10. The apparatus of claim 9, wherein:
said light-sensing assembly is shielded from said transmitting means.
11. The apparatus of claim 10, wherein:
said spherical light-emitting assembly includes an outer coating applied to said assembly after said apparatus has been tested electrically.
12. The apparatus of claim 11, wherein:
said outer coating is a molded epoxy coating.
Description
CROSS-REFERENCE TO RELATED APPLICATIONS

This is a continuation-in-part application of U.S. Ser. No. 403,342, filed Sep. 6, 1989, which is a continuation-in-part of U.S. Ser. No. 240,514, filed Sep. 6, 1988, now U.S. Pat. No. 5,060,303.

BACKGROUND OF THE INVENTION

1. Field of the Invention

This invention relates generally to optical data link systems, and more particularly to a high-speed, high data rate optical data link system for transmitting and receiving digital computer data, and the like, through free air as by an infrared light beam or other optical link.

The data link of the present invention may be utilized to provide information to automobiles on roadways to aid in the movement of traffic. Such information could relate to road conditions, accidents, road construction delays, and other related knowledge. An infrared two-way link in accordance with the present invention would be located at selected locations along the roadway. An infrared two-way link would also be provided in automobiles for communicating with the roadway link for receiving the desired information.

The infrared data link of the present invention may be utilized to control power tools used in a manufacturing environment. The power, torque and horizontal and vertical aim of a screwdriver are examples of the application of a data link in accordance with the present invention to a manufacturing facility.

A single enclosed unit in a generally sphere shape may be provided to communicate between computers in a large room, factory, etc. permitting the high speed simultaneous communication of data.

2. Description of the Relevant Art

Heretofore, it has been known to provide integrated circuit chips for low-speed optical data links, such as in hand-held remote control units for video cassette recorders and similar appliances, and in toy ray guns used in tag games. Typically, these known data links are key pad encoders driving a light emitting diode directly, and processing light from the diode at the receiving end by an integrated circuit chip having a 40 Kilohertz carrier frequency and about a 2 or 3 Kilohertz modulated data rate at the most.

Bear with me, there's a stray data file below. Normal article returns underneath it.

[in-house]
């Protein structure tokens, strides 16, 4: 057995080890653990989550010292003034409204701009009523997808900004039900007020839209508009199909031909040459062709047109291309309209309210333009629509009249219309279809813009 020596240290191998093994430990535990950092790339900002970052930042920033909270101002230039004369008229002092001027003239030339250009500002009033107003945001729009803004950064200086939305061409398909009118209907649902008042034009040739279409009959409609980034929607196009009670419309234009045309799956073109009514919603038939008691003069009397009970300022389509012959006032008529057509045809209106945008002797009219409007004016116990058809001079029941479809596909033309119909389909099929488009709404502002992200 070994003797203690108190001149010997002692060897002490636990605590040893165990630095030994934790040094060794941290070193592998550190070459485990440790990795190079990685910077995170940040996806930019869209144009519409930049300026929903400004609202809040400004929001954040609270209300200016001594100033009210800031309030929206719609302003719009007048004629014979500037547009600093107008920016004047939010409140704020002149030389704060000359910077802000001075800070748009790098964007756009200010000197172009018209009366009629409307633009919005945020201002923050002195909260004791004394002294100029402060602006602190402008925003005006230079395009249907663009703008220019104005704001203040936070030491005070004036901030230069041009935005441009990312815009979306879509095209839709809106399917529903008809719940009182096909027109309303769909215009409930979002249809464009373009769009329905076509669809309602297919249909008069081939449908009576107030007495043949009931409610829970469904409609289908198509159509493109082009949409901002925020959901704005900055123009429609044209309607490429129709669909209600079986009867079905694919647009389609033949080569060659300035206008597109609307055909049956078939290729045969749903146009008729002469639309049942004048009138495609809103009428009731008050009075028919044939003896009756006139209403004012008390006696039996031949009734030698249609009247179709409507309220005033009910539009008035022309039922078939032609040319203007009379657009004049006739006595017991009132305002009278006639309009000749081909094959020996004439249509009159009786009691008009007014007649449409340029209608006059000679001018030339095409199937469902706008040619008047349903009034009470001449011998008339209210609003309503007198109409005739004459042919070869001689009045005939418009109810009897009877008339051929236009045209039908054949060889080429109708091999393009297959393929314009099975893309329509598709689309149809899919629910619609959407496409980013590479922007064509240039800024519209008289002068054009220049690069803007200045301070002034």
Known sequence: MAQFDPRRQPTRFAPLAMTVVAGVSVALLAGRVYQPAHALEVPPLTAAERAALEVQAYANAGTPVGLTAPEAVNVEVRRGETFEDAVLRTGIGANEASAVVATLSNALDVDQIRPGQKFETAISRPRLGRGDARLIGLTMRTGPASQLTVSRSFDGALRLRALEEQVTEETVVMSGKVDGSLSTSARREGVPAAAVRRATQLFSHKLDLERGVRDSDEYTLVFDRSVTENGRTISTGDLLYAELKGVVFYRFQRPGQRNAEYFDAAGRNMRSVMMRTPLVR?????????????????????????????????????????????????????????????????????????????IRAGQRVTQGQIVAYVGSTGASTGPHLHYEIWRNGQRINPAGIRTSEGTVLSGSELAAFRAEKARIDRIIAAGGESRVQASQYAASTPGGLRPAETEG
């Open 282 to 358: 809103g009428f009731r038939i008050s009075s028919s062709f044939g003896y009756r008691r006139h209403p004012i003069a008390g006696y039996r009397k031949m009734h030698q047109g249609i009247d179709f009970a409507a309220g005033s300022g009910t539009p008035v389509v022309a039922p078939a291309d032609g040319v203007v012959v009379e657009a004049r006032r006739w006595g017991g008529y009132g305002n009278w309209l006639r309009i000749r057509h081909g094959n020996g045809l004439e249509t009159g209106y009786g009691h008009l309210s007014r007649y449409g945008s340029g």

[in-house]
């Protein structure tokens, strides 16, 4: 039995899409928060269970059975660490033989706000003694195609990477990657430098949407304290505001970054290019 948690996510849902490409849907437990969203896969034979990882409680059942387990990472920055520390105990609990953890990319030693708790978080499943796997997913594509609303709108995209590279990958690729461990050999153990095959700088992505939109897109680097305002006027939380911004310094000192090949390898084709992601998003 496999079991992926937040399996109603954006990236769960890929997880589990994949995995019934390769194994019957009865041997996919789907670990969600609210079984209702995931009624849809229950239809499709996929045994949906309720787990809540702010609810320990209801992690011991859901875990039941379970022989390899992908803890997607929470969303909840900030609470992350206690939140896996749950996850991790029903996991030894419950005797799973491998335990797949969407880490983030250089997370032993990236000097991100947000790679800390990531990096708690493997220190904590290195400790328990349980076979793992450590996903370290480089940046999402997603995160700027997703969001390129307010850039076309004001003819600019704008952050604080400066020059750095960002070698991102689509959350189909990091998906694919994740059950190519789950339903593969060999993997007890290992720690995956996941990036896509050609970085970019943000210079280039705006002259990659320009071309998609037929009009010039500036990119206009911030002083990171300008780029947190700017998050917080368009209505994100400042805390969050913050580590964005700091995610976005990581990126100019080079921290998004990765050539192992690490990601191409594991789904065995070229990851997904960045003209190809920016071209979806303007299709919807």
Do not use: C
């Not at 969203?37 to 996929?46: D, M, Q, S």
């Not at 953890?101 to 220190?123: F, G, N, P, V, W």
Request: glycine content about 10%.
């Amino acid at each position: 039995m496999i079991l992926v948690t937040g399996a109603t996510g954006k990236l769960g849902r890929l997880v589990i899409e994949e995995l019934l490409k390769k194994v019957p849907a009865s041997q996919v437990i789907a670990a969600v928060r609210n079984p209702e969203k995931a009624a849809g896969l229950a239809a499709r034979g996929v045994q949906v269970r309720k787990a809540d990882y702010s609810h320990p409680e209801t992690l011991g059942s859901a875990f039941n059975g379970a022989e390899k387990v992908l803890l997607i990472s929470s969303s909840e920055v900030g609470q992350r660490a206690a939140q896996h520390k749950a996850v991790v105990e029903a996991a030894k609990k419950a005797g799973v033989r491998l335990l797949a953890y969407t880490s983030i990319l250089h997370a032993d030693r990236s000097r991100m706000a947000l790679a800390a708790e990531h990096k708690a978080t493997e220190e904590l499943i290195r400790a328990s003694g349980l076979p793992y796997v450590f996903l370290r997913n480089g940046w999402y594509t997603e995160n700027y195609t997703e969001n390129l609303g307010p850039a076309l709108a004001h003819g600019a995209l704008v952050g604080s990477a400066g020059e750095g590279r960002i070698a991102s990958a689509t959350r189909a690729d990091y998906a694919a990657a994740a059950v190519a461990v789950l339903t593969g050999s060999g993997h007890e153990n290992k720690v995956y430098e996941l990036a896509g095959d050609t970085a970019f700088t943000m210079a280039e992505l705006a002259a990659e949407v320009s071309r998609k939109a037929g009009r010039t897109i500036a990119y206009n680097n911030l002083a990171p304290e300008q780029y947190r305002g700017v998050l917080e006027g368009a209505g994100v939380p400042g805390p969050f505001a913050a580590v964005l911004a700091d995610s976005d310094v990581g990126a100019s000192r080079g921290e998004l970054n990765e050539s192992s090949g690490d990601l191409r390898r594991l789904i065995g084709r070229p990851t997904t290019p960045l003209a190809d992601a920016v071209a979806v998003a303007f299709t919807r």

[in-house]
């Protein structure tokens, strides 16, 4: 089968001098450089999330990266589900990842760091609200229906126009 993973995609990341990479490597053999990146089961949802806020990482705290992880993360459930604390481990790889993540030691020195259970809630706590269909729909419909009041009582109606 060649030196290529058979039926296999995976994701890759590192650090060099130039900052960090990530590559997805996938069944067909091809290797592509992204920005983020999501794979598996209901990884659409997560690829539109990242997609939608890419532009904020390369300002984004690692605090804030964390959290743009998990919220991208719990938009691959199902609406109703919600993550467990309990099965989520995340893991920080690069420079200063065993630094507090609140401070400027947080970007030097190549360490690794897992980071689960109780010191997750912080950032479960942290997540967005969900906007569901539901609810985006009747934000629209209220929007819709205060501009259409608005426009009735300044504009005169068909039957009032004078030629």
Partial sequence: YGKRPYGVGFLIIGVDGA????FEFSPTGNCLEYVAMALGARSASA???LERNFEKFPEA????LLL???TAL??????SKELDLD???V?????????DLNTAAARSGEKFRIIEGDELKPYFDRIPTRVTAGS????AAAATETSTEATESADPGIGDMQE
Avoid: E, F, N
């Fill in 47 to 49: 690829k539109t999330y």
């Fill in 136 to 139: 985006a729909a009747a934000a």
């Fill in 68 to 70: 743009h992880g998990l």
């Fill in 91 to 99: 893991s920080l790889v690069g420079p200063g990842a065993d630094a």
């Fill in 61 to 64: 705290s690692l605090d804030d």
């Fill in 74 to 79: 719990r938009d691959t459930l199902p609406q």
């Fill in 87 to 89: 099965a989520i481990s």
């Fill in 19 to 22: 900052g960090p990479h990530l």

There is a need, however, for bidirectional optical data links between computers and for use with automotive test stands, hand-held data terminals, and the like. These links must, in addition to having a simultaneous bidirectional capability, operate at very high frequencies with a resulting data rate far greater than those obtained by known data links.

IBM Technical Disclosure Bulleting, Vol. 20, No. 7, December 1977, in the name of Closs et al., entitled "WIRELESS CONNECTION BETWEEN A CONTROLLER AND A PLURALITY OF TERMINALS", discloses a system wherein infrared signal transmission is used for connecting a controller with a plurality of terminals in a single room. A downlink from controller to terminals is established by irradiating the room ceiling with an array of LED's or lasers located in the controller. The diffusely reflected signal is then detected by the receivers in the terminals. An uplink from the terminals to the controller is similar where each terminal has its own array of light emitting diodes but operates on a different infrared wavelength to avoid channel interference in the case of baseband transmission. The two wavelengths are separated by an optical interference filter. As an alternative, the two channels may be separated by different carrier frequencies.

U.S. Pat. No. 4,398,515, issued in 1983, to de Neumann, entitled "PROCESSOR ARRANGEMENT", discloses a number of individual autonomous processor units wherein data communication between the individual processors takes place by means of radiated electromagnetic waves. All of the processors obtain the energy needed to operate them from a common emissive source. The information which the processor receives is obtained via an optical device and an associated receiver. Photodiodes are used and are arranged to operate in the appropriate part of the spectrum, and if required, would be infrared diodes.

The operation of the processors is synchronized by modulating the light emitted by the light source with a synchronization clock signal.

The device of U.S. Pat. No. 4,398,515, however, allocates a particular time slot for data transmission, and does not allow for simultaneous two-way communication over a link.

U.S. Pat. No. 4,553,267, issued in 1985, to Crimmins, entitled "INFRARED TELEPHONE EXTENSION MODULATION SYSTEM", discloses a portable telephone or other signaling system having a remote unit responsive to operator voice and control signals to modulate infrared emitting diodes. The modulation of the infrared diodes occurs with narrowband FM low duty cycle pulses. A modulated infrared emission is provided for remote signaling used in conjunction with complete network control to provide on-hook and off-hook control and network dialing functions all from a portable unit.